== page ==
JSF Central - Speed up your Data-Driven JSF/Seam Application by Two Orders of Magnitude - Part 1
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Speed up your Data-Driven JSF/Seam Application by Two Orders of Magnitude
 
Speed up your Data-Driven JSF/Seam Application by Two Orders of Magnitude - Part 1
(continued)
by Dan Allen
05 Feb 2009 03:00 EST

In the first of this two-part article, Dan Allen discusses some common performance problems you may encounter when using JSF components, Seam components, and the EL. You'll learn about the set of best practices for eliminating them that led to an improvement of two orders of magnitude in the performance of his application.


When you call an intercepted method once, you would never notice the impact of the interceptors. However, when you call the method 5200 times, the time spent in the interceptors adds up. How much of a difference does it make and what other options do we have?

To determine the impact, I timed both the rendering of the entire page and the rendering of the data table region, as described in the introduction. The data table region consists of the data table and the pagination controls and summary information for the table. A test of 4 requests on 50 rows (2600 calls) produced these timing results:

Stage 1 timing results (50 rows)
Request Elapsed time of request (ms) Time to render table (ms)
1 6330 6090
2 6340 6096
3 6400 5883
4 6100 5850
avg 6292.4 5979.8

Not many people are going to stick around for a page that takes 6 seconds to render (in the best case scenario), and that doubles for 100 rows. The trick is to outject the selected row so that the comparison can be done without having to invoke a Seam component. Outjection is a mechanism in Seam that takes the value of a JavaBean property on a component and assigns it directly to the name of a variable in the specified scope (such as the conversion scope). You outject a property by annotating it with the @Out annotation, as shown here:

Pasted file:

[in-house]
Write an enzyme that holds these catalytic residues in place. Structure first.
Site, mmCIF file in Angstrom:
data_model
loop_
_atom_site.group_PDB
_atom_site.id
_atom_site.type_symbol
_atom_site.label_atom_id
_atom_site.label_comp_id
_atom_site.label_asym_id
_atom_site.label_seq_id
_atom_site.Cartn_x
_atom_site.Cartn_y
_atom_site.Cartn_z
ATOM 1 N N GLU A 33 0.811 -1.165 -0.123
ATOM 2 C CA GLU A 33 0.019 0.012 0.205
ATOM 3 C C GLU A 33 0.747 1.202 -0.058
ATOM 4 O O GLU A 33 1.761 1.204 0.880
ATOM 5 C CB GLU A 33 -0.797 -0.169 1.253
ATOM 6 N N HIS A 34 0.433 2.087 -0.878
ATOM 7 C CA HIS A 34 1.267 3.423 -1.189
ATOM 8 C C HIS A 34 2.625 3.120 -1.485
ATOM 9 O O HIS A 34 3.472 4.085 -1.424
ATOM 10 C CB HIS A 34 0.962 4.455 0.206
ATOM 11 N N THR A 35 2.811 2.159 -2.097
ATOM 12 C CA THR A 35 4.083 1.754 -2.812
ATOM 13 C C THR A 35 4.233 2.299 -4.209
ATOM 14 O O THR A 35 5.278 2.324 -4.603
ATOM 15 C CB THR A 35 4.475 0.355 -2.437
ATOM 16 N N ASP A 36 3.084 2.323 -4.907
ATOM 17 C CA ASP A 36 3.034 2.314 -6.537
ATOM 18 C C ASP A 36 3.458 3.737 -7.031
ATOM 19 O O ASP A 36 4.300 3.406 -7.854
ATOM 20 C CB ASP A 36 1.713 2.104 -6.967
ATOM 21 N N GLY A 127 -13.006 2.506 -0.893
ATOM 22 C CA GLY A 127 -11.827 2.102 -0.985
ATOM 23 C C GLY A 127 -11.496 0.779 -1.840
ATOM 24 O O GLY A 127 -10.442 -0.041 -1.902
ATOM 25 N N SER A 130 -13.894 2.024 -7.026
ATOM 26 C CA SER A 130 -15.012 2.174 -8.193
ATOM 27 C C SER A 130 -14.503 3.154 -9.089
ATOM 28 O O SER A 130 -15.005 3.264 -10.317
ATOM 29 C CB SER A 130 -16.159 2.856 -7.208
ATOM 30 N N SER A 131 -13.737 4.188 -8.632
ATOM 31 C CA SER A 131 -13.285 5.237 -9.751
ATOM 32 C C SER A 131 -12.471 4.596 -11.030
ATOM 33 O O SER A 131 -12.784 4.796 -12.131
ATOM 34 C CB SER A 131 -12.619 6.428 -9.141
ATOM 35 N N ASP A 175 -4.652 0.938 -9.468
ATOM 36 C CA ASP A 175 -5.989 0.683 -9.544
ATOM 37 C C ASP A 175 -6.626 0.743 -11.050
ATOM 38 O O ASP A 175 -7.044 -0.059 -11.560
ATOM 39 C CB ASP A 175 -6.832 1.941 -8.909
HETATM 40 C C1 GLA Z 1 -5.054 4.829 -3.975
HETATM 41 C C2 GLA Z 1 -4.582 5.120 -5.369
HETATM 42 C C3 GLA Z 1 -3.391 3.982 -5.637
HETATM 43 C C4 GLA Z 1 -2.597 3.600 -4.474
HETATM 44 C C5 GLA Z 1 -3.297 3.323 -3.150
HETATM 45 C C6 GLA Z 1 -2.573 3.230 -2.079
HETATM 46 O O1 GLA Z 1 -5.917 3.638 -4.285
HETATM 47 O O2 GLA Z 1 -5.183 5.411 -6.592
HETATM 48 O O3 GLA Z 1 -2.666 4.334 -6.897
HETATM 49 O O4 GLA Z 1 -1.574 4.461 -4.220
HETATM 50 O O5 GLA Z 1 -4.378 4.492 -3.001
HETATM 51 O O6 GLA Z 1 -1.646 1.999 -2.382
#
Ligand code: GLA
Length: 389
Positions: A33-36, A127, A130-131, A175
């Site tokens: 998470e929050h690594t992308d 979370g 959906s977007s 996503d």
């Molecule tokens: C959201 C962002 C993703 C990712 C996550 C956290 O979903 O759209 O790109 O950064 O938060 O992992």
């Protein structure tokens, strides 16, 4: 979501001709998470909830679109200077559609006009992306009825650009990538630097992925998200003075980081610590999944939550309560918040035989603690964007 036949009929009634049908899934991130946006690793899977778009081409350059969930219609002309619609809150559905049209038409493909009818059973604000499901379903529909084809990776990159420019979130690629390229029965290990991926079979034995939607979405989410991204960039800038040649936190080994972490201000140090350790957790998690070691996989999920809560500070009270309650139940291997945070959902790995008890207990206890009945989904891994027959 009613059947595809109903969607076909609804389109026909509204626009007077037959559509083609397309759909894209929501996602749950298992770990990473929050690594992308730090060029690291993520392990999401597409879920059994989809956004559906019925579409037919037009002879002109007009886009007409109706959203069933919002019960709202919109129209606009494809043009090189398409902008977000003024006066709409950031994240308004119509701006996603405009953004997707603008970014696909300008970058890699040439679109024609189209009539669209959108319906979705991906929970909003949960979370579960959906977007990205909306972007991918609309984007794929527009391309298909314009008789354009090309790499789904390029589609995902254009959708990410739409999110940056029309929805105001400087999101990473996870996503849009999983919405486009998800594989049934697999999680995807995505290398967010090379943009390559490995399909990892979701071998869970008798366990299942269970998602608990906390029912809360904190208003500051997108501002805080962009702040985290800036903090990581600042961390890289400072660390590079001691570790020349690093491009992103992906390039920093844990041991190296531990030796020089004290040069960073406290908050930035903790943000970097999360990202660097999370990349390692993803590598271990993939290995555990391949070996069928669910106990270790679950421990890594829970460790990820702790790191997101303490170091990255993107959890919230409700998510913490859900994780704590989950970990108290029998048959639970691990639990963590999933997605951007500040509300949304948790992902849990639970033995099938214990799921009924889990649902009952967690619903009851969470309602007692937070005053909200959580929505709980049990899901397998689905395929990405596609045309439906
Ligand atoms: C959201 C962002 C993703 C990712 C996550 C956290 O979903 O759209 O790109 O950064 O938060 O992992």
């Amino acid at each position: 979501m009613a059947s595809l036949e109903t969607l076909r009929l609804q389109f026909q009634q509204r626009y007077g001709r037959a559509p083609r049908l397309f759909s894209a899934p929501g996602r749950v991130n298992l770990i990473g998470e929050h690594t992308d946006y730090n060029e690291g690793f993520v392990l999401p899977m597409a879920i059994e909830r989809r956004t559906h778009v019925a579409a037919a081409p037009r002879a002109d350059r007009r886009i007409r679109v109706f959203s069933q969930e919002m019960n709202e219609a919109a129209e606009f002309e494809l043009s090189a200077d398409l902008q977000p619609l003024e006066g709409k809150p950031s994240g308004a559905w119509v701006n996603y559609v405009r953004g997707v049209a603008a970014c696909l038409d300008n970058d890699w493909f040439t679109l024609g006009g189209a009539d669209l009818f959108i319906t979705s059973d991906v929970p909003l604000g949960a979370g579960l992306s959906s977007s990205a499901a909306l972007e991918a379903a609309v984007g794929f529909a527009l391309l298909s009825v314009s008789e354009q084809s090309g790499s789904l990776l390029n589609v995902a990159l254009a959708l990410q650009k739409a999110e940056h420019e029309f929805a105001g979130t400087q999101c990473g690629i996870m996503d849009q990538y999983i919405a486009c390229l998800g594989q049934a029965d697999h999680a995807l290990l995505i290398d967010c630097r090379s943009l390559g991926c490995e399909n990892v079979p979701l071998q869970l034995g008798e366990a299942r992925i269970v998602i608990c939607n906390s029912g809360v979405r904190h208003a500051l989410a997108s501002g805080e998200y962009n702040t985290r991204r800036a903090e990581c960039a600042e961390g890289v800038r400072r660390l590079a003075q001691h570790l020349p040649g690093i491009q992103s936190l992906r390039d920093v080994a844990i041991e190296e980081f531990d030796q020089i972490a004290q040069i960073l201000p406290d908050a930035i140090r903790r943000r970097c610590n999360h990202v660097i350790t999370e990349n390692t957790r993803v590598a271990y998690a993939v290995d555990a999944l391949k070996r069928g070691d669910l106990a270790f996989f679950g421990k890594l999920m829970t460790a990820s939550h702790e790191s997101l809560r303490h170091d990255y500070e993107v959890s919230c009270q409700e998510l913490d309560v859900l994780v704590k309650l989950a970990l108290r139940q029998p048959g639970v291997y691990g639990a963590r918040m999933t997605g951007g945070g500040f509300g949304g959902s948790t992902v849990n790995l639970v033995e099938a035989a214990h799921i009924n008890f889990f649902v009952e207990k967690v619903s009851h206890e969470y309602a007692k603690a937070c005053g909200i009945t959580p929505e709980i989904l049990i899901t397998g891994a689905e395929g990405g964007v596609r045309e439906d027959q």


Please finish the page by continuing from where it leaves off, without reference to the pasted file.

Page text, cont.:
@Out(required = false) private T itemInEditMode;

(For readers with Seam experience, there is a reason why you cannot simply add @BypassInterceptors to the editing() method, which I will provide in a moment.)

Now we can check if the row is in edit mode by comparing the iteration variable in the data table to the outjected property using the following EL expression in the view:

"#{item == itemInEditMode}"

Here's how things improve after making this change:

Stage 2 timing results (50 rows)
Request Elapsed time of request (ms) Time to render table (ms)
1 904 663
2 807 608
3 813 569
4 823 592
avg 836.8 608

Less than one second is certainly a nice place to be. We can do better, but let's first focus on the 5 second discrepancy because it is a cause of concern regarding Seam's performance.

The truth is, interceptors come with a cost. Again, this cost only adds up when you are pounding the component, like the rendered attribute does. Unfortunately, that is more of a limitation (and a fact of life) in the way that the data table component in JSF was designed. On the other hand, that is why Seam provides the @BypassInterceptors annotation. This annotation is intended to be used on methods that read the state of a component, as opposed to a method with behavior. After all, Seam is a stateful framework and espouses using objects as they were intended, to have behavior and state.